Do you obsess over newborn photography lenses? When I was learning how to be a newborn photographer, I spent a lot of energy trying to find out what the best gear was. I asked every newborn photographer I could find. And the only answer I ended up getting was, “It depends”. That was definitely not the answer I wanted to deal with. Instead, I wanted a list of the best newborn photography lenses. So that is what I am going to try and do for you here.
35 mm Prime
It is a rare photographer who does not love a fast prime lens. The tack sharp images, the smooth blurred backgrounds, the yummy depth of field everyone notices, even if they do not notice. I shoot Canon, and the L series (red banded) is an amazing lens. Here is what I like about a 35 mm lens (any brand) and what I don’t.
Using a 35 mm prime (or even shooting at 35mm with a zoom) is great when you are doing overhead shots. If you want to include that awesome prop you bought last month at the local flea market, 35 mm is perfect. Using a fast lens like a 35 mm prime 1.4 offers you great versatility in natural light. Sometimes, when a baby in a prop on the ground, there are more darker shadowy areas. A fast 35 mm can help you get a bright exposure in camera, without too much fuss in post production. There is no doubt that a 35 mm prime is considered one the best newborn photography lenses out there.
The main disadvantage to using a wide angle lens like a 35 mm is that composition can be sacrificed. When shooting wide, there tends to be a lot of space around your subject. Depending on your style, you may not want one to two thirds of your image to be of fuzzy blankets or negative space. Of course, to a certain extent, you can crop down in post production. But be careful not to crop to much. Death by cropping happens when so much image is cut away that the largest it will print is 8 x 10 or so. If all you care about are digital images online, then cropping may not be such an issue. But if your client later wants a 20 x 30 canvas of that image, you are in trouble.
The 50 mm prime is the classic “great walk around lens”. And it is true. It is long enough to offer flattering compression of your subjects, but short enough that you can get great shots it relatively small spaces. Like any prime lens that is also fast, being able to shoot wide open (2.8 or larger) can be a great feature, especially in natural light.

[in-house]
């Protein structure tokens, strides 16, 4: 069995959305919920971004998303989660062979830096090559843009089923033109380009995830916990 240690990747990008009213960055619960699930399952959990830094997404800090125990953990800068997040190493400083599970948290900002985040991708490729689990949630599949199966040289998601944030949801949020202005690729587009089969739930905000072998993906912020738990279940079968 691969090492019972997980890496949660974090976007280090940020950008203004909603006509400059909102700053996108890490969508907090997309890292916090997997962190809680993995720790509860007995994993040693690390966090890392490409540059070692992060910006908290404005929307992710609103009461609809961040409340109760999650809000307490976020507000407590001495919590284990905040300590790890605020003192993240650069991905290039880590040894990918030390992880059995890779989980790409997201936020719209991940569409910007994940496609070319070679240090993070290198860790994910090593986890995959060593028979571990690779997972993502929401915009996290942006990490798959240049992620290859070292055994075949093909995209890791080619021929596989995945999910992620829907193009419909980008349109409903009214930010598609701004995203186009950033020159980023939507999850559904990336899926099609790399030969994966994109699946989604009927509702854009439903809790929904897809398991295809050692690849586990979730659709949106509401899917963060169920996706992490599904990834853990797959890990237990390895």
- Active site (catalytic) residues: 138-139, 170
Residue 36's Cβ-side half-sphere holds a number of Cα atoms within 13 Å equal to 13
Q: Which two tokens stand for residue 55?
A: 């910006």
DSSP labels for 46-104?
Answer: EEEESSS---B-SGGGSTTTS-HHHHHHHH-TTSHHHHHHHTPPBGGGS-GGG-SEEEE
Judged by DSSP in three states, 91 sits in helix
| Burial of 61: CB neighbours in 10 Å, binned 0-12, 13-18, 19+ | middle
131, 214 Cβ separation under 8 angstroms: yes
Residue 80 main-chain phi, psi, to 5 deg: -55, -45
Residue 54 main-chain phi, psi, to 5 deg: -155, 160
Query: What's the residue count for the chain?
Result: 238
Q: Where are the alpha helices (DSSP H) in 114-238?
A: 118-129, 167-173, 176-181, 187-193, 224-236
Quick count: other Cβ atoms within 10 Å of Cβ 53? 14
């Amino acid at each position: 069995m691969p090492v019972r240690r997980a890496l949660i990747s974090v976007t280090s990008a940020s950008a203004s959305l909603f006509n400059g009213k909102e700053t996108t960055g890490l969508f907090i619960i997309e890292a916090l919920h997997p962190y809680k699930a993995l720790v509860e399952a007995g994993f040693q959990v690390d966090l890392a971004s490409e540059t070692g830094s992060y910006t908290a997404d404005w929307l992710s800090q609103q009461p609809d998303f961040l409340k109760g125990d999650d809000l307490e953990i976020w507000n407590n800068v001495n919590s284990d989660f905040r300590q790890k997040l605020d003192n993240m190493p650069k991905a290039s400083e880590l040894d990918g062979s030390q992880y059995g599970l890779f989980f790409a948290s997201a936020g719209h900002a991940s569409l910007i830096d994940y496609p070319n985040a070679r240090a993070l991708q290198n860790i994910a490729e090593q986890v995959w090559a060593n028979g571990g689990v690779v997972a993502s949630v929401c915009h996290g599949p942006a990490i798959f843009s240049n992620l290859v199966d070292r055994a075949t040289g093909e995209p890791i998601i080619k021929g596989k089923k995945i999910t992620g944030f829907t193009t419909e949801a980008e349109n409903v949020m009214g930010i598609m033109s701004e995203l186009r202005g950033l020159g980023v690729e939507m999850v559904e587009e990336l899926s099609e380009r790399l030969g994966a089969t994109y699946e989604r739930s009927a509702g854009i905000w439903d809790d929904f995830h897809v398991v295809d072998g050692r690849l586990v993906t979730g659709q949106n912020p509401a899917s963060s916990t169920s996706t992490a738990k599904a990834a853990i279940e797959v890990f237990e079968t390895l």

What I love about the 50 mm for newborn photography is that you can get super close up shots. If you do not have a macro lens, or do not like to change lenses, a 50 mm prime is a great compromise. It does provide better composition, assuming your style is for your images to be mostly of the baby. It can be a great lens for family shots too. The compression is offers can be slimming and many new moms really like that.
If you work out of a home studio, or home setting, it is probably a small space. Thus, family images are most likely going to be waist up at best. If you really like full length shots of family, then you will need to break out that 35 mm. The second disadvantage, for me at least, is that it is not the best for detail shots. Even though you can get fairly close up shots, it is not enough. You still need a Macro lens for those awesome feet, eyelashes, and nose/mouth shots.
This is the go to lens for many newborn photographers. Because photographing babies is filled with unpredictable moments, a zoom lens can be a life saver. It is easy to move from wide to to zoomed in without moving. You do give up tack sharp images, but an iota less sharp in exchange for getting that baby smile may well be worth it.
The main advantage is not having to move your body so much. You can sit or stoop in one place and focus on holding the camera rather that moving your feet this way and that to get the perfect shot. The other advantage is not having to stop everything to change lenses. There is a trade off in sharpness and image quality, but usually it is so small that most people find it is worth it.
Other than losing sharpness, there is not really a big disadvantage to this lens. It certainly allows for you to shoot in low natural light in tight spaces without having to move around or fumble around changing lenses. When I rented this lens to see how I liked it, I was not impressed. For me, the drop in image quality was too much to give up no matter how convenient.
Deciding the best newborn photography lenses for you takes time. No one can really answer the question for you. You really do have to just try a lot of different lenses and see what works with your posing and work flow.
Katie is a maternity and newborn photographer in Los Angeles, 91042